It took early man thousands of years to develop what we know today as the modern understanding of plants, of what can and cannot be consumed, of what will heal and what will harm. It is important to remember that this is the common history of all our knowledge of the world. Most of our marketed medicines are distillations, combinations, reproductions or variations of substances found in nature. Some of these substances were recommended by our forefathers long before their value was demonstrated and understood by scientific method. We should dismiss none of our common heritage of knowledge without real thought and serious investigation. I would acknowledge that the exploration of our world is far from complete.
Aloe (the sap) was a treatment for boils; that it eased hemorrhoids; that it aided in healing bruises; that it was good for the tonsils, the gums, and all general mouth irritations; and that it worked as a medicine for the eyes. Scientists further observed that the whole leaf, when pulverized, could stop the bleeding of many wounds.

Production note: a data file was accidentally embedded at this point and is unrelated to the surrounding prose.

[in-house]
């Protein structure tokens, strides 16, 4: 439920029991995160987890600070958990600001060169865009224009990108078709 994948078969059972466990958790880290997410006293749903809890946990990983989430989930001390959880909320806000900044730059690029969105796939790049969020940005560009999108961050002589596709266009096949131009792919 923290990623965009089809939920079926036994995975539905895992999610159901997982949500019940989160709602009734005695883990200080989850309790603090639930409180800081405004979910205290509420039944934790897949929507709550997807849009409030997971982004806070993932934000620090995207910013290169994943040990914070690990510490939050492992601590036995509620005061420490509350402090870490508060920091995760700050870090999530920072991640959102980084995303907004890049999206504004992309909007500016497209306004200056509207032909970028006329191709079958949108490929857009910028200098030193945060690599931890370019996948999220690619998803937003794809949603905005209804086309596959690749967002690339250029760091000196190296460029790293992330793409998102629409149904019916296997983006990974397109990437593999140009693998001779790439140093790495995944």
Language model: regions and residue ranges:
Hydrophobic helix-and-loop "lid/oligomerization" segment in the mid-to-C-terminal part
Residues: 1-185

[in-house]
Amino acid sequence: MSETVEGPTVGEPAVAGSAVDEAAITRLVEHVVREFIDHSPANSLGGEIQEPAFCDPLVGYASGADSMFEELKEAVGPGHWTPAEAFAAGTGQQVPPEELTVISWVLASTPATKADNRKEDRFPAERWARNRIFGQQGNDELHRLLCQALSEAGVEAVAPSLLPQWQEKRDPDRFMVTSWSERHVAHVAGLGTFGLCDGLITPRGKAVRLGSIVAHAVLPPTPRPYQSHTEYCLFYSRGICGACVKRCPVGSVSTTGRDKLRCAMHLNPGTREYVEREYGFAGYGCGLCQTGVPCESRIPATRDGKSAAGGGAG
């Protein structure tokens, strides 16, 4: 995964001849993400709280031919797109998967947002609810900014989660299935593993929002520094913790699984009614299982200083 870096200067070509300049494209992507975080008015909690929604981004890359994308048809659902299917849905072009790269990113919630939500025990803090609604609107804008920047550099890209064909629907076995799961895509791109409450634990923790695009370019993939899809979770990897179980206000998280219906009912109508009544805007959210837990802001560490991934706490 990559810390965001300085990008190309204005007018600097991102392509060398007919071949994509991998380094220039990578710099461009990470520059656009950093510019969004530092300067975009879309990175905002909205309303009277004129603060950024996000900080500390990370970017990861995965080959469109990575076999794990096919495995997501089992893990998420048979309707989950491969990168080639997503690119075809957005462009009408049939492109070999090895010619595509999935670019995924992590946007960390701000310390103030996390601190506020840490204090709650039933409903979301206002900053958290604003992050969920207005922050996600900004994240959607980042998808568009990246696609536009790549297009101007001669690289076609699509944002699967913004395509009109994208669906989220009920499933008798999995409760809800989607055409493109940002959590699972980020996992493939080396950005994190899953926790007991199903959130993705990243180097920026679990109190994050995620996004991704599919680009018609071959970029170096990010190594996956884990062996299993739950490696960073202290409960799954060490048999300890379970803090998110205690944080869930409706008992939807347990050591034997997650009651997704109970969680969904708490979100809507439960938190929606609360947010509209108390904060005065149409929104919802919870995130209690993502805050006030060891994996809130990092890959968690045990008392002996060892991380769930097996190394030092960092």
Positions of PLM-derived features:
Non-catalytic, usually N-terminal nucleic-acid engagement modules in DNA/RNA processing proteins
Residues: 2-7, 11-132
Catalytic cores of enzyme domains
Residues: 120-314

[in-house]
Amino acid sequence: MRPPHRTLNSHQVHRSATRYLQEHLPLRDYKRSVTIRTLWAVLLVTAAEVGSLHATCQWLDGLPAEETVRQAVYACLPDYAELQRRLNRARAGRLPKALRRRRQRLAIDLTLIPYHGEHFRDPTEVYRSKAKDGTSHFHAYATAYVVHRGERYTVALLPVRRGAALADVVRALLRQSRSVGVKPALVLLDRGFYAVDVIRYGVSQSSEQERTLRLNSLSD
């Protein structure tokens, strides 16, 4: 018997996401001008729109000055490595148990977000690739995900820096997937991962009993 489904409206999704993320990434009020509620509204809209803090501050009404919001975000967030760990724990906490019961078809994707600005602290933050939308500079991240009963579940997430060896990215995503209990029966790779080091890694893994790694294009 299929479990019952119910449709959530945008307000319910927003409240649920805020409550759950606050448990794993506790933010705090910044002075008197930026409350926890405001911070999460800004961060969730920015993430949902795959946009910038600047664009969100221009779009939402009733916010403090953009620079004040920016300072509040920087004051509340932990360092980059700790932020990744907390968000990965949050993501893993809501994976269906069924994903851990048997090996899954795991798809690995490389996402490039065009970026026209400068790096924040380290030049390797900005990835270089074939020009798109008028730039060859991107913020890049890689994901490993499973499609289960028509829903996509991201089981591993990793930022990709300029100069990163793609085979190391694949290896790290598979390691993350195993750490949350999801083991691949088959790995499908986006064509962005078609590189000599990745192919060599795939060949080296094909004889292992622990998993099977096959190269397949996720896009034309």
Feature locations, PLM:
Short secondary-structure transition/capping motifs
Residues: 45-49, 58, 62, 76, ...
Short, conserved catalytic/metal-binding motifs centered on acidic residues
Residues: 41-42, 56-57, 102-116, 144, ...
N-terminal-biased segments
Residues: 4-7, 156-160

How Does It Work?
Its natural anti-inflammatory and antimicrobial action combined within its nutritional constituents promote cell growth and therefore healing. However, it is not only helpful for people with problems; most people taking it report a greater sense of well being - they just feel 'better' or they report feeling calmer and less anxious. This is due to aloe's second effect on the immune system which becomes balanced or fine tuned and therefore more efficient at defending the body from attack.
Properties & uses of Aloe Vera
Cathartic - an agent which produces active bowel movements, often causing accompanying cramps; it is usually combined with an antispasmodic.
Emollient - a skin dressing or soothing ointment.
Purgative - a substance which causes a watery evacuation of the bowels.
Stimulant - an agent that temporarily increases activity or physiological processes. Stimulants may be classified according to the organ upon which they act; for example, an intestinal stimulant is that which stimulates the intestines.